Employer Defense Against Constructive Dismissal

Defense Against Constructive Dismissal

In a constructive dismissal case, an employee alleges that their employer made working conditions so intolerable that they were forced to quit. It is not enough to simply complain about bad work conditions – an employee must prove that their workplace was so intolerable that it would be considered a breach of the employment contract and they were therefore forced to quit.

An employer can defend against a constructive dismissal claim by proving that they did not create intolerable conditions and that the employee was forced to quit for other reasons. For example, an employer can argue that the employee did not report their concerns and that they were not a substantial part of the cause for the intolerable working environment.

In addition, the employer can argue that the bad work conditions were not prolonged and did not result in an inability to continue to perform their job. This can be done by demonstrating that the conditions only lasted for a short period of time or by showing that the intolerable working conditions were not a regular occurrence.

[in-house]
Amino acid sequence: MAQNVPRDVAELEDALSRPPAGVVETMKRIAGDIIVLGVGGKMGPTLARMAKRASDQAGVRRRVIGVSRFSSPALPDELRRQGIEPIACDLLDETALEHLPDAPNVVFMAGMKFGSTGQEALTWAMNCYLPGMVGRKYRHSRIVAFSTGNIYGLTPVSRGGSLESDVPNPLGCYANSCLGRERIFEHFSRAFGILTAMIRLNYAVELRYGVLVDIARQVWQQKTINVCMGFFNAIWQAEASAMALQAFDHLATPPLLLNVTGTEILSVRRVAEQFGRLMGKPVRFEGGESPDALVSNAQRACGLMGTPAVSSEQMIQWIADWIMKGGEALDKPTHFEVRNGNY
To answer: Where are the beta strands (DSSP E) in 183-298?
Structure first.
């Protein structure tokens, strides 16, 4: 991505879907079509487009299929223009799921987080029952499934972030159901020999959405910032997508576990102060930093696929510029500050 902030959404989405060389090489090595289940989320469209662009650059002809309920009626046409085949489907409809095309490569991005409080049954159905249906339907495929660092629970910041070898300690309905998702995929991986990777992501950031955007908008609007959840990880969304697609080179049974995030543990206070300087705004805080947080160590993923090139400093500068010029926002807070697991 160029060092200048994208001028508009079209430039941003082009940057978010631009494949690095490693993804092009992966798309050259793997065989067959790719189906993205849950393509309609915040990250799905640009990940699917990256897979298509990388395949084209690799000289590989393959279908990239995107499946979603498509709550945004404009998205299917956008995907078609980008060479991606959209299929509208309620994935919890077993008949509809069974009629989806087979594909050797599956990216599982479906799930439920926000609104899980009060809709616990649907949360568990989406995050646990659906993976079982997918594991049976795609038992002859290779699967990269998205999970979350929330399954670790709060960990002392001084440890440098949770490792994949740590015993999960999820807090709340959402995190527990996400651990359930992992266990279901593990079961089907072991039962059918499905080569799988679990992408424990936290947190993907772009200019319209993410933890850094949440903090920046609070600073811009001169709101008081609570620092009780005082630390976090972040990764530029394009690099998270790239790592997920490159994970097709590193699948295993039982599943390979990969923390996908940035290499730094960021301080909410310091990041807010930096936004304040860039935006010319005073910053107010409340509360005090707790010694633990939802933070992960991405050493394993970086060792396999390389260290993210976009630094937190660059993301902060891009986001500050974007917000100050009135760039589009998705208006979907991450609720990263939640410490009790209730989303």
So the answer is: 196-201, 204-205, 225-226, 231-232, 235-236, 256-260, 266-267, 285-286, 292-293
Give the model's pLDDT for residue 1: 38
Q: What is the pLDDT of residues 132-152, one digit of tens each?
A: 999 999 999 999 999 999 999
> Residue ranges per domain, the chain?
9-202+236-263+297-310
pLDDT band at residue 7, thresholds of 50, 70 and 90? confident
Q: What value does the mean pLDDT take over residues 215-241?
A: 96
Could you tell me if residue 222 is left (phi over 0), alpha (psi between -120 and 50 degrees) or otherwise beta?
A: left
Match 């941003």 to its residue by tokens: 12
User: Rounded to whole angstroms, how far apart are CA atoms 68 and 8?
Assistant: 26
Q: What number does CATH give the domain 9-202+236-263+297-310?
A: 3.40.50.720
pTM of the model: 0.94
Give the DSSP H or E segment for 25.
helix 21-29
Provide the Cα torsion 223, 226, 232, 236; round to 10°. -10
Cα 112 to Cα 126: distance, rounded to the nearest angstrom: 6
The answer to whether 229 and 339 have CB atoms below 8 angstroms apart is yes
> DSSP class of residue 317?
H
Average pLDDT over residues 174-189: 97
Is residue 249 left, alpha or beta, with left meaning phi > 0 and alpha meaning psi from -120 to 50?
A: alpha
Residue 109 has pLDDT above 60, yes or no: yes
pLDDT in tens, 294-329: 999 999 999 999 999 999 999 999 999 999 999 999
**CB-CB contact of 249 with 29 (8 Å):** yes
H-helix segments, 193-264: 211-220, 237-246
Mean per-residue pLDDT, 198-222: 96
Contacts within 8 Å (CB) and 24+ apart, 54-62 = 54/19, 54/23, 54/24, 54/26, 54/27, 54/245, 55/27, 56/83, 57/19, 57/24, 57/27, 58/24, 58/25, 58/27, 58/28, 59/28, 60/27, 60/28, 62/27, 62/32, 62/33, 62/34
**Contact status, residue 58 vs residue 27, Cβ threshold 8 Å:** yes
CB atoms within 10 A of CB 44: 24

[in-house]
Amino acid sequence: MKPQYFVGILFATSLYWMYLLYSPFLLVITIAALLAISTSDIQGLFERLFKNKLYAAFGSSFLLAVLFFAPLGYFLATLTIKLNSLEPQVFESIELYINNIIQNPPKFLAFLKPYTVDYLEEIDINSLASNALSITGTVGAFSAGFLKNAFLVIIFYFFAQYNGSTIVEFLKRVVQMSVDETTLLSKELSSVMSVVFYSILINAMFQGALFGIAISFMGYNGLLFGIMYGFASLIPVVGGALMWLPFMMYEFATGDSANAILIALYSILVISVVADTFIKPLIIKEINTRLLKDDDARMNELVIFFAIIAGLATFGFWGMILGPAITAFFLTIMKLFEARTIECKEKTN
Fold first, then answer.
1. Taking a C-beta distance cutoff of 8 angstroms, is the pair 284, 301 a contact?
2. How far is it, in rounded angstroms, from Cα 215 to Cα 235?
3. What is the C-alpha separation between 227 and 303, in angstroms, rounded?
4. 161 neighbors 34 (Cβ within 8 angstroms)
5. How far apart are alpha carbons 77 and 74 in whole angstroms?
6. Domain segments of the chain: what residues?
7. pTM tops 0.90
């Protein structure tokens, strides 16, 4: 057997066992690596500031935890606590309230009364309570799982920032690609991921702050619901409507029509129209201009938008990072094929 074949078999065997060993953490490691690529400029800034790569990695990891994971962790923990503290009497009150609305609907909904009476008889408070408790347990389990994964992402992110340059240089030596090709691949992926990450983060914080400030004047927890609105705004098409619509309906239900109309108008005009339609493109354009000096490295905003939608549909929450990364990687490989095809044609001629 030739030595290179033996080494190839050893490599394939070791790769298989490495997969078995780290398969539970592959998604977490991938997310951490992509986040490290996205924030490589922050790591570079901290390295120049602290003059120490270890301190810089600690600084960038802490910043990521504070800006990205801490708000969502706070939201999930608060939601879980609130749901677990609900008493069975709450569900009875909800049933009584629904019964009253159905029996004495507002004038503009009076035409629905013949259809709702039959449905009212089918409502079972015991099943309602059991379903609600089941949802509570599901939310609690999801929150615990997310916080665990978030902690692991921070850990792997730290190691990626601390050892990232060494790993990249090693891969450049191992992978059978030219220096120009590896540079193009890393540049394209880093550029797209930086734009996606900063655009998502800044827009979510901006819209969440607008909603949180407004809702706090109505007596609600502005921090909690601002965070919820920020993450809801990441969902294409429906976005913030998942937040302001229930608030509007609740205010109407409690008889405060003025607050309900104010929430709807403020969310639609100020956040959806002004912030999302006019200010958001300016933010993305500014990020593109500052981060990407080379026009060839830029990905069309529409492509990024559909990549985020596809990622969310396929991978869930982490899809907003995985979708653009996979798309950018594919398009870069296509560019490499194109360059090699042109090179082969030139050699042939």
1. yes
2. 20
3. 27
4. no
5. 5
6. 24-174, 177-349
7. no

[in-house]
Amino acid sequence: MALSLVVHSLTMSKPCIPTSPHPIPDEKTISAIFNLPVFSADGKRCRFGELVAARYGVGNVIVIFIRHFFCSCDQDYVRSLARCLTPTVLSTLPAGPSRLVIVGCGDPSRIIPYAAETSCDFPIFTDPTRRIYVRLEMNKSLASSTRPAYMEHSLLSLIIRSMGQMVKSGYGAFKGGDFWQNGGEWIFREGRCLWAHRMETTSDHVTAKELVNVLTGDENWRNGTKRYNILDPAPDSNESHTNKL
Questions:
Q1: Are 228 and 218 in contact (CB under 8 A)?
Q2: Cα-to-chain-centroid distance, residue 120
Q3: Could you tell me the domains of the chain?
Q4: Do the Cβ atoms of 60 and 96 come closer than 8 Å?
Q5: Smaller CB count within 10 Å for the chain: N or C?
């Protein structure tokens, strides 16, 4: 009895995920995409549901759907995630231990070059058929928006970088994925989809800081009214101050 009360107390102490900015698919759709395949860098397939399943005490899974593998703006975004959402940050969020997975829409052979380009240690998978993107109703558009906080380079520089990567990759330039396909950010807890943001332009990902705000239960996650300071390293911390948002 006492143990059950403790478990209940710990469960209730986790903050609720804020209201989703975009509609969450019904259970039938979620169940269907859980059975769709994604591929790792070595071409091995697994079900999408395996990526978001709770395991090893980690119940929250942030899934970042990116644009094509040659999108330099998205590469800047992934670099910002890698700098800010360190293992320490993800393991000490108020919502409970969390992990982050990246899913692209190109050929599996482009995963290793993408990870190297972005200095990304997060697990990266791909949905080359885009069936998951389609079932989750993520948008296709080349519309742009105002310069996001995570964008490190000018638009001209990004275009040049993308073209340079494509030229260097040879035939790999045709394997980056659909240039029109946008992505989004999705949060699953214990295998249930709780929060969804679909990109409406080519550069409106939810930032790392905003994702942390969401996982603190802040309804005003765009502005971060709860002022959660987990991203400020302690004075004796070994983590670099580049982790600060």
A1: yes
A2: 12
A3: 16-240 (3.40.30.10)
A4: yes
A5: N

Finally, the employer can argue that they did not breach their duty to maintain a reasonable level of trust and confidence. This can be difficult to establish, and the employer will need to provide evidence of their behaviour over a significant period of time. This may include emails, texts, witness statements, bank statements and any other documents that will demonstrate the relevant conduct.

Employer Defense Against Constructive Dismissal

A wrongful constructive dismissal claim can result in compensation of one and a half weeks pay for each year of service, plus a further compensatory payment. This compensation is intended to cover lost earnings and the cost of finding a new job. To prevent a wrongful constructive dismissal claim, employers should consider implementing policies that promote open communication in the workplace and encourage employee feedback and involvement. In doing so, they can identify any potential issues early and address them before an employee feels compelled to take legal action.

It is also important for employers to understand that it is possible for multiple minor breaches of the employment contract to amount to a fundamental breach and lead to constructive dismissal. This is particularly true where the cumulative effect of the breaches is a materially detrimental change in the nature of the employment relationship.

It is important for employers to know what they can do to prevent a constructive dismissal claim from being brought against them, and the best way to do this is to get in touch with an experienced employment law professional. An employment attorney can help to identify the most appropriate defence strategy for a particular situation, taking into consideration the unique circumstances and drafting a comprehensive approach to the claim. They can also advise on any other available remedies. For further information, contact FindLaw for a free consultation with a wrongful termination lawyer.

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